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Graphs used in Essential Science Indicators: Projecting Full-Year Citation Counts

Essential Science Indicators plots time series graphs for scientists, institutions, journals and countries. These graphs can show trends in citations received, papers published, and citation impact, that is, average citations per paper. The time series consist of a series of overlapping five-year periods, e.g., 1993-1997, through the most recent period 1999-2003. Since Essential Science Indicators is updated every two months, in bimonthly increments, the most recent year, say 2003, may contain less than a full year of citations and papers that can make the last time period appear abnormally low. For example, after the first bimonthly update of 2003, the last five-year time period would consist of 4 years and 2 months of data; after the next update, 4 years and 4 months, and so on. The result is that, without correction, all time series graphs occurring during a mid-year cycle will show smaller values for the last period than are likely to exist by year-end.

To correct for this, Essential Science Indicators estimates full-year scores for citations, papers and cites per paper for scientists, institutions, journals and countries. The process involves multiplying the actual values for the last five-year period in the time series by the appropriate factor from the table:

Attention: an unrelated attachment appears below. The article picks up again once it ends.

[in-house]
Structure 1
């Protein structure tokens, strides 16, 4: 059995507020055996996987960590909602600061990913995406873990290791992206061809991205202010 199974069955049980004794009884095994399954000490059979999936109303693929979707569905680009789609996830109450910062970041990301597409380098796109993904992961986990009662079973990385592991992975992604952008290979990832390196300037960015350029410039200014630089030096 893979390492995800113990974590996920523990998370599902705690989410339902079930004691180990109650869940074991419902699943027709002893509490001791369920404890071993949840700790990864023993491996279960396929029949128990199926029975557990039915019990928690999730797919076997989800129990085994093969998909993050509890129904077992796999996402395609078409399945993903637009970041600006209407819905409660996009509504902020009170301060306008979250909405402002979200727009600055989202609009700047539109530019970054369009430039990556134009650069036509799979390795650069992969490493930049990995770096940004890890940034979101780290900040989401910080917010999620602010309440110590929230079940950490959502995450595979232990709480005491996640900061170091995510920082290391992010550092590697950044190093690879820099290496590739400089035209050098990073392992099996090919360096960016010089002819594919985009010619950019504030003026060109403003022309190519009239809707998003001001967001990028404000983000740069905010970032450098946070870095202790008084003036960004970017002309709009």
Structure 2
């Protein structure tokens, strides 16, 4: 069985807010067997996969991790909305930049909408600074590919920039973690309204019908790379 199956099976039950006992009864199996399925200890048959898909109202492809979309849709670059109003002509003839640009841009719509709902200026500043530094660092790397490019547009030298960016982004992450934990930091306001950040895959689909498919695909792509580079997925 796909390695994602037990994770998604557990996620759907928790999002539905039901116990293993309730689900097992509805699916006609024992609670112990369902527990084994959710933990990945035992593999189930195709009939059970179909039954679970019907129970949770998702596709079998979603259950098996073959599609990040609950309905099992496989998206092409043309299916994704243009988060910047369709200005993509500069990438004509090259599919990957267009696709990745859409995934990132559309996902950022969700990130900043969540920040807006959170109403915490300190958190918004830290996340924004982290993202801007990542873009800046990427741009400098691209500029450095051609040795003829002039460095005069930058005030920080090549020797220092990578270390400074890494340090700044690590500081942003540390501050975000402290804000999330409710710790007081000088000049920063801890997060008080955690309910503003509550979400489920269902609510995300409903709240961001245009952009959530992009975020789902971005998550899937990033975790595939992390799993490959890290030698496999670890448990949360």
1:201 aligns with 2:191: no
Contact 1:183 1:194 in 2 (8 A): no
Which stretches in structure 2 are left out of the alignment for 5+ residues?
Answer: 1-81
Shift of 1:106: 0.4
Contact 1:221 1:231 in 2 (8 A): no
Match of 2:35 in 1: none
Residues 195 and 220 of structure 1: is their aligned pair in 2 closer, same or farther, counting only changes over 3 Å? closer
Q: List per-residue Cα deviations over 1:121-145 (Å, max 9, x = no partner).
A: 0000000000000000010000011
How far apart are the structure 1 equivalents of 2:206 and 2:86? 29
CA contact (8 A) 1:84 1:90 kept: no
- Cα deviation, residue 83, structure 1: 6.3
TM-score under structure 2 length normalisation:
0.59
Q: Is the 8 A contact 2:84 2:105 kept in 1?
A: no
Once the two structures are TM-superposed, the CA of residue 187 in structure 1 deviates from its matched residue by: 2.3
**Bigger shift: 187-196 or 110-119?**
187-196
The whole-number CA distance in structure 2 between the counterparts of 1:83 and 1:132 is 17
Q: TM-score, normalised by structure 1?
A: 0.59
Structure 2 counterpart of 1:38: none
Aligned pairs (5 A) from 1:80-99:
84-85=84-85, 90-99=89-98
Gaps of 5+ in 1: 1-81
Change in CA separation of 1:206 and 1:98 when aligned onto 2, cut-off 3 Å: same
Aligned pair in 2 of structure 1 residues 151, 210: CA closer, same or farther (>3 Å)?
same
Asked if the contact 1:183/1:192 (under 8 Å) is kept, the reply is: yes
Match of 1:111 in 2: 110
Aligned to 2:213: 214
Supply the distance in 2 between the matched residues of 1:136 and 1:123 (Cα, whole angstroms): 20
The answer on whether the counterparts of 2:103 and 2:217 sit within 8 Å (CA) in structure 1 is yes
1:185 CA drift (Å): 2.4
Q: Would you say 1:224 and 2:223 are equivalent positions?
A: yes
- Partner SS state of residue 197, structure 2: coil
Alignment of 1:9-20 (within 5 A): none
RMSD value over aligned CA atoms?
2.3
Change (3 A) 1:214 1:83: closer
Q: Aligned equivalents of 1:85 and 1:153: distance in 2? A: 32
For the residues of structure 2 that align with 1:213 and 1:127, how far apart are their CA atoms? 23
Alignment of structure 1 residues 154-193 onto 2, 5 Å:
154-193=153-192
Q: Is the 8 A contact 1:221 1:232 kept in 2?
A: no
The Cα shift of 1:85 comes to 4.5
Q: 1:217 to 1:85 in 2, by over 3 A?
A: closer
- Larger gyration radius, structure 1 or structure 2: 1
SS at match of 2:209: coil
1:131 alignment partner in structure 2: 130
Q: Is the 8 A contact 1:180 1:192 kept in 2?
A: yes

Multipliers for Estimating Full Year Citation, Paper and Impact Counts

Bimonthly Period

Citations

Papers

Impact

1

1.52

1.20

1.26

2

1.37

1.15

1.19

3

1.26

1.11

1.13

4

1.16

1.07

1.08

5

1.07

1.03

1.04

6

1.00

1.00

1.00

For example, if the Essential Science Indicators bimonthly update period is 2, and the counts for citations, papers and cites/paper are 20, 10 and 2.0 respectively, the full-year estimates would be 20x1.37 = 27.4 citations, 10x1.15 = 11.5 papers, and 2.0x1.19 = 2.4 cites per paper. After the last (6th) bimonthly update of the year, the multipliers revert to 1 indicating that no estimation is needed since the year is complete.

The derivation of multipliers is based on the empirical observation that, across the entire database, the last year of a five-year citation window contributes on average 41% of the citations to the total for the period. The further approximation is made that the 41% of citations are spread evenly across the six bimonthly periods, although in a more sophisticated scheme, the later periods would contribute more than the earlier ones due to the widening citation window. It is also assumed is that the publication rate can be projected evenly, that is, each year will contribute the same number of papers. Thus, the estimate does not take into account whether an entity has an increasing or decreasing rate of publication or citation, or possible field differences in growth rates.


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